I want you to imagine a scene. You come home with a bundle of squished white fabric. You plug it into the wall like a heating blanket. And within 10 minutes, you have a new chair.
That’s the promise of a new materials technology being developed by Noumenon. Based on research into the ideal form of a self-deploying space antenna, designer Carl De Smet has been translating the latticework of pop-up metal into “shape memory polymers”–cheaper plastics that can be smushed for easy shipment, then popped back into their “remembered” forms later.
“The dream was to replace the ‘special assembling key’ from Ikea with the [popup] mechanism of the material,” De Smet explains. “The material is doing the work, wherein the packaging and the final product are the same thing, the same material.”
It’s the ultimate evolution of flatpack furniture in which the item and container are one. That’s not just elegant design for design’s sake, it’s a major coup for small furniture studios who want to reach a global audience. Flat packs allow shipping furniture quickly and inexpensively on planes. Bulkier furniture like couches circle the globe via boat, which is one reason it’s taking so long to get that loveseat you ordered three months ago.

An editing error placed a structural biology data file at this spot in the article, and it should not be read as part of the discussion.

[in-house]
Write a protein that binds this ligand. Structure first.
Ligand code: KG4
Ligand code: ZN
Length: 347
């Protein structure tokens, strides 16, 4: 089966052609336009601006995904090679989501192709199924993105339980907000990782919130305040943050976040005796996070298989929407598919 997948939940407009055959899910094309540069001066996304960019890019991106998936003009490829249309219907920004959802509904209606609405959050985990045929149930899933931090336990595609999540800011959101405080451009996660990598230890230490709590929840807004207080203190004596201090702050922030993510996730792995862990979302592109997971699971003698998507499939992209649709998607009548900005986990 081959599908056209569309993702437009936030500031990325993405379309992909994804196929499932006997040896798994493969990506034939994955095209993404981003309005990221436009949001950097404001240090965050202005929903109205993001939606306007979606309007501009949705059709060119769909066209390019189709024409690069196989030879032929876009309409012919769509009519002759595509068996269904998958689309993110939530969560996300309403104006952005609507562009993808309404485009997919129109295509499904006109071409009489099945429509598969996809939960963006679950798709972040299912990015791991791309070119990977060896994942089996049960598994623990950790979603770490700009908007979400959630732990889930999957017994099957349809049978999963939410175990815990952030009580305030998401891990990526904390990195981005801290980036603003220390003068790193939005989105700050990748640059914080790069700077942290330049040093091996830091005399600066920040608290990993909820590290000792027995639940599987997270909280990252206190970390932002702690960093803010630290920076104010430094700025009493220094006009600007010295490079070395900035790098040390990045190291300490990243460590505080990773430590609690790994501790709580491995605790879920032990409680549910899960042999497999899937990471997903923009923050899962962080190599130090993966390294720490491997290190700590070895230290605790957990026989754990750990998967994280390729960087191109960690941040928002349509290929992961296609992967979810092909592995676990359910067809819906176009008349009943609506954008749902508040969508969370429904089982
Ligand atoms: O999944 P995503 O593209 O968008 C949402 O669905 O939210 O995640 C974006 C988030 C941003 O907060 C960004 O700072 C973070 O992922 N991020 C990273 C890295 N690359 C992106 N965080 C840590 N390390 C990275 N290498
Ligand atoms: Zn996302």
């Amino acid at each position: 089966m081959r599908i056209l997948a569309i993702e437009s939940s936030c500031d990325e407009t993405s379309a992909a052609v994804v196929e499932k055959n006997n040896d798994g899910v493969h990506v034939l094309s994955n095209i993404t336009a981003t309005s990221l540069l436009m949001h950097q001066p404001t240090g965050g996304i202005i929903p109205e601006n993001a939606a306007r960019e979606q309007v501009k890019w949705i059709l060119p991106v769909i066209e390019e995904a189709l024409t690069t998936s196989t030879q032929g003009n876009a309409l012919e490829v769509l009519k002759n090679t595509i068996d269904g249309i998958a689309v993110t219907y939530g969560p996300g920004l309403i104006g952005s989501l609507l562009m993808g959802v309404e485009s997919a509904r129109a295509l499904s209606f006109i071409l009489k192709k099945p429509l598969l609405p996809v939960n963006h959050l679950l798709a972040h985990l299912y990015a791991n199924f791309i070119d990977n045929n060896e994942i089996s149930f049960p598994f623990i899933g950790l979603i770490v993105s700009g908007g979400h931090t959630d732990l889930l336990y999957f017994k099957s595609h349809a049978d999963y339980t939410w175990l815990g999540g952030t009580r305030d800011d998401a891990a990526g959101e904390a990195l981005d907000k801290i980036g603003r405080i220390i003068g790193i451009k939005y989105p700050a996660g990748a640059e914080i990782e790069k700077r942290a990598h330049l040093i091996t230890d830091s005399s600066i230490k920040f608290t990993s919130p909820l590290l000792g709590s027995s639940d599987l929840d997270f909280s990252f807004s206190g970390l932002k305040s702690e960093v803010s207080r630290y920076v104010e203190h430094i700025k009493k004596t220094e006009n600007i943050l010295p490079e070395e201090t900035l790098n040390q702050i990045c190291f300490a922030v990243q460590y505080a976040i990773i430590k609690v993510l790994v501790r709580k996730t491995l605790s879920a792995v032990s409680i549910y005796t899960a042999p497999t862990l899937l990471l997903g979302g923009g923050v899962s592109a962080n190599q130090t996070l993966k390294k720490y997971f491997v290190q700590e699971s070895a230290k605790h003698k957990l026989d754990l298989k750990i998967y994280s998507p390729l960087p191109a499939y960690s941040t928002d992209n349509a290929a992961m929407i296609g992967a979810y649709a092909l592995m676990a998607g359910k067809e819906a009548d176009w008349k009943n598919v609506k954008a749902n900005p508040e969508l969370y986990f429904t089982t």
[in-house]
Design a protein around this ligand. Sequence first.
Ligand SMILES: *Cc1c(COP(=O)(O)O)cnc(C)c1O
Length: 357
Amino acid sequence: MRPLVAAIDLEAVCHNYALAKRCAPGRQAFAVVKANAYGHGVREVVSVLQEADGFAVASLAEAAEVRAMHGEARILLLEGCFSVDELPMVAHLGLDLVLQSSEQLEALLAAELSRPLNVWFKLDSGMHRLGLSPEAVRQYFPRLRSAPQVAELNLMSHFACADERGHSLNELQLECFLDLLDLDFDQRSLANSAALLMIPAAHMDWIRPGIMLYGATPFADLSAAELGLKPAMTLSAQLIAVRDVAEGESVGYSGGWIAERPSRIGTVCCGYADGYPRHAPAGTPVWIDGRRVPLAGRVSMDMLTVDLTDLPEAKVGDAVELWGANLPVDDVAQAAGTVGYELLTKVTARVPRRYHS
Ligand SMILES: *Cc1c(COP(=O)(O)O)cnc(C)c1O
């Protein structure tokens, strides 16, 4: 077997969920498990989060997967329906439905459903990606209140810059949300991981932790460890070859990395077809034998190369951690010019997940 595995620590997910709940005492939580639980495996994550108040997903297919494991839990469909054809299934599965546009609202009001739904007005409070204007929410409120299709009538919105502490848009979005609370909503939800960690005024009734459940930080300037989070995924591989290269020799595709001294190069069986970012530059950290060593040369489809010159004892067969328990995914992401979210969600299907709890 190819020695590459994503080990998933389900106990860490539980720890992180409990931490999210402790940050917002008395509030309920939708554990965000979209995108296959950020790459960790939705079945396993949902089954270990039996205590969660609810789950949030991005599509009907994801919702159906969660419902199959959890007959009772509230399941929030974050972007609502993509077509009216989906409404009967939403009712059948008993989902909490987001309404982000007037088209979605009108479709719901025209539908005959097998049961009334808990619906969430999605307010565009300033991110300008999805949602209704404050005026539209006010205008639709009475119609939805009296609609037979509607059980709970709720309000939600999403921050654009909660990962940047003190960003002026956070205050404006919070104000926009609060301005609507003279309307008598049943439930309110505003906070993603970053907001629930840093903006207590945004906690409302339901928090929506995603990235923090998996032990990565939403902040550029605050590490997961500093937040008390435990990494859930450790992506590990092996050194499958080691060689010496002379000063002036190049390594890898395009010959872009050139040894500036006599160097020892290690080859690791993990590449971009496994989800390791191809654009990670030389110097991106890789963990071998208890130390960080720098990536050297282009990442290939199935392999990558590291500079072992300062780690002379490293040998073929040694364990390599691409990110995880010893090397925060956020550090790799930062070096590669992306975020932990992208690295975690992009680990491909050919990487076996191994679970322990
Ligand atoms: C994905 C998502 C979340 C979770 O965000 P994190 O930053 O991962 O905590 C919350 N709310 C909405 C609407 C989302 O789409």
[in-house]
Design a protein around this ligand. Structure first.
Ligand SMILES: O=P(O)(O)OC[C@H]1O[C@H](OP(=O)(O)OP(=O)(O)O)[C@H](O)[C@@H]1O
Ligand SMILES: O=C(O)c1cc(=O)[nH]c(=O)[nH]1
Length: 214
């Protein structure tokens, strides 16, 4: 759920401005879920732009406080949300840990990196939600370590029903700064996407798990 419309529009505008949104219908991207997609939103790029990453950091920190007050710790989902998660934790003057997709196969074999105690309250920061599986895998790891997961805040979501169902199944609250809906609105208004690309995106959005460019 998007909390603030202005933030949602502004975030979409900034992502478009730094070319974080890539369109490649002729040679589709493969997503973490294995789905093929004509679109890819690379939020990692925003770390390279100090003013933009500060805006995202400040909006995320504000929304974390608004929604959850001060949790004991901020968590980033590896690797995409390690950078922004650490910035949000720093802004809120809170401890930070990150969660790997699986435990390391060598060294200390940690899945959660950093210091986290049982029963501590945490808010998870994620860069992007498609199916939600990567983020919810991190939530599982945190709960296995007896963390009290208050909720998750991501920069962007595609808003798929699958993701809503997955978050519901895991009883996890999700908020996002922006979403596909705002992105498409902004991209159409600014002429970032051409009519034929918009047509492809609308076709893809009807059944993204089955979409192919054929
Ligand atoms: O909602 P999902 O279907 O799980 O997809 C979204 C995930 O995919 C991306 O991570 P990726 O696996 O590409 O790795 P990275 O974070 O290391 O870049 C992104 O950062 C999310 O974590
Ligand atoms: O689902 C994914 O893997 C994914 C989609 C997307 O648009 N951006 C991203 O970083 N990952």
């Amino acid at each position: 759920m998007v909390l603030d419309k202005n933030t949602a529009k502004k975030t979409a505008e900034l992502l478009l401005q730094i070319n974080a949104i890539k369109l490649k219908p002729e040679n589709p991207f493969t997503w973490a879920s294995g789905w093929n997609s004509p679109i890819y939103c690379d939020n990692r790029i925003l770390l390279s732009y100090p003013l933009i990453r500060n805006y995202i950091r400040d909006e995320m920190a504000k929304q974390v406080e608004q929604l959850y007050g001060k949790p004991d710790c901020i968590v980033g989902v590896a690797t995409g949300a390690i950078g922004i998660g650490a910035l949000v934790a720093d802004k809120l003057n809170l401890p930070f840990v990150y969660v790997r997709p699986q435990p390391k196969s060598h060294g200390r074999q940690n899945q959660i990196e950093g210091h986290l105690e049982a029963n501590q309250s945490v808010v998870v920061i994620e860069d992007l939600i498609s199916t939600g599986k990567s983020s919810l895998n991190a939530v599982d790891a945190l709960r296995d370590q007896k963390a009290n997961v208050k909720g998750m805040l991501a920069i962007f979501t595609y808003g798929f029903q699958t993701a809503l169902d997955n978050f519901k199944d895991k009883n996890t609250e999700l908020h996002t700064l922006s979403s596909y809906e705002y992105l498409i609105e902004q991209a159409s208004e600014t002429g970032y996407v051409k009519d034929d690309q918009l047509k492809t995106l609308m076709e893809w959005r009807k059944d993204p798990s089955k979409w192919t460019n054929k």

Of course, the whole memory foam model only works if customers can control how and when this material comes to life as furniture. To control self-assembly, the foam is designed to be heat-activated. The transformation triggers at 70°C or 158°F–high enough, hopefully, to prevent turning a freight truck sitting in the sun into a Jiffy Pop on wheels. For domestic use, that’s a pretty high temperature to reach outside of an oven, which is why De Smet currently imagines a plug-in mechanism to trigger expansion.
So how far along is the project? At this point, the studio seems to be in small scale, proof-of-concept stage. The materials are still expensive, though like most polymers, they’d come down drastically with scale. And when I asked De Smet about the structural tolerances–could they make a dining room table, for instance?–he admitted that he wasn’t yet sure.
“If we talk about limitations, the best way to know them is to design them,” he writes. “We are still researching and fine-tuning the new possibilities/limitations.”